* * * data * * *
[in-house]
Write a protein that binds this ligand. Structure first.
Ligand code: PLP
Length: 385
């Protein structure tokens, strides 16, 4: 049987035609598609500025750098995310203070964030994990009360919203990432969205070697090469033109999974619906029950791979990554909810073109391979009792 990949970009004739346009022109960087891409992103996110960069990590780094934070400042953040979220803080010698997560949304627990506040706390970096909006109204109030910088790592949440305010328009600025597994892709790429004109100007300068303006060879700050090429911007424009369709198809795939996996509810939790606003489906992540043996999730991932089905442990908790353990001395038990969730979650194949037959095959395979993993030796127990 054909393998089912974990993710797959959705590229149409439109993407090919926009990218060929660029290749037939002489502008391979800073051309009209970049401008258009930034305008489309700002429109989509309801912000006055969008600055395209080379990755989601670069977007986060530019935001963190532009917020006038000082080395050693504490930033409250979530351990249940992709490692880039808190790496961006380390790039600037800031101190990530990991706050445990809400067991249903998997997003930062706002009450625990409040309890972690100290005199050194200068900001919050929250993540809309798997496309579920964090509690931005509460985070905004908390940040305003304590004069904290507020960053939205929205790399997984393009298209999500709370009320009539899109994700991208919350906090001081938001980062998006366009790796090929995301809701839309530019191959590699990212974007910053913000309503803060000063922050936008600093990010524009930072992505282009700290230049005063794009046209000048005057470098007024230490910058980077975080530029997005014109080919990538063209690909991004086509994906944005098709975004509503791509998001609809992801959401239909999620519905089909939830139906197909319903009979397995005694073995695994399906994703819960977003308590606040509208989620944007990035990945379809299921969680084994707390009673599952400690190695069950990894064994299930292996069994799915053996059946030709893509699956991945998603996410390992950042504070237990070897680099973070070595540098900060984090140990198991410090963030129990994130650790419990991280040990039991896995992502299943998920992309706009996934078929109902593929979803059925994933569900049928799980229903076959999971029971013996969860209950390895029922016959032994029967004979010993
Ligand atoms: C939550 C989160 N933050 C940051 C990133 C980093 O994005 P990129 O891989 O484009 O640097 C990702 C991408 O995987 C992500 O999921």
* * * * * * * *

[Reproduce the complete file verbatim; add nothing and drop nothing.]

[in-house]
Write a protein that binds this ligand. Structure first.
Ligand code: PLP
Length: 385
């Protein structure tokens, strides 16, 4: 049987035609598609500025750098995310203070964030994990009360919203990432969205070697090469033109999974619906029950791979990554909810073109391979009792 990949970009004739346009022109960087891409992103996110960069990590780094934070400042953040979220803080010698997560949304627990506040706390970096909006109204109030910088790592949440305010328009600025597994892709790429004109100007300068303006060879700050090429911007424009369709198809795939996996509810939790606003489906992540043996999730991932089905442990908790353990001395038990969730979650194949037959095959395979993993030796127990 054909393998089912974990993710797959959705590229149409439109993407090919926009990218060929660029290749037939002489502008391979800073051309009209970049401008258009930034305008489309700002429109989509309801912000006055969008600055395209080379990755989601670069977007986060530019935001963190532009917020006038000082080395050693504490930033409250979530351990249940992709490692880039808190790496961006380390790039600037800031101190990530990991706050445990809400067991249903998997997003930062706002009450625990409040309890972690100290005199050194200068900001919050929250993540809309798997496309579920964090509690931005509460985070905004908390940040305003304590004069904290507020960053939205929205790399997984393009298209999500709370009320009539899109994700991208919350906090001081938001980062998006366009790796090929995301809701839309530019191959590699990212974007910053913000309503803060000063922050936008600093990010524009930072992505282009700290230049005063794009046209000048005057470098007024230490910058980077975080530029997005014109080919990538063209690909991004086509994906944005098709975004509503791509998001609809992801959401239909999620519905089909939830139906197909319903009979397995005694073995695994399906994703819960977003308590606040509208989620944007990035990945379809299921969680084994707390009673599952400690190695069950990894064994299930292996069994799915053996059946030709893509699956991945998603996410390992950042504070237990070897680099973070070595540098900060984090140990198991410090963030129990994130650790419990991280040990039991896995992502299943998920992309706009996934078929109902593929979803059925994933569900049928799980229903076959999971029971013996969860209950390895029922016959032994029967004979010993
Ligand atoms: C939550 C989160 N933050 C940051 C990133 C980093 O994005 P990129 O891989 O484009 O640097 C990702 C991408 O995987 C992500 O999921």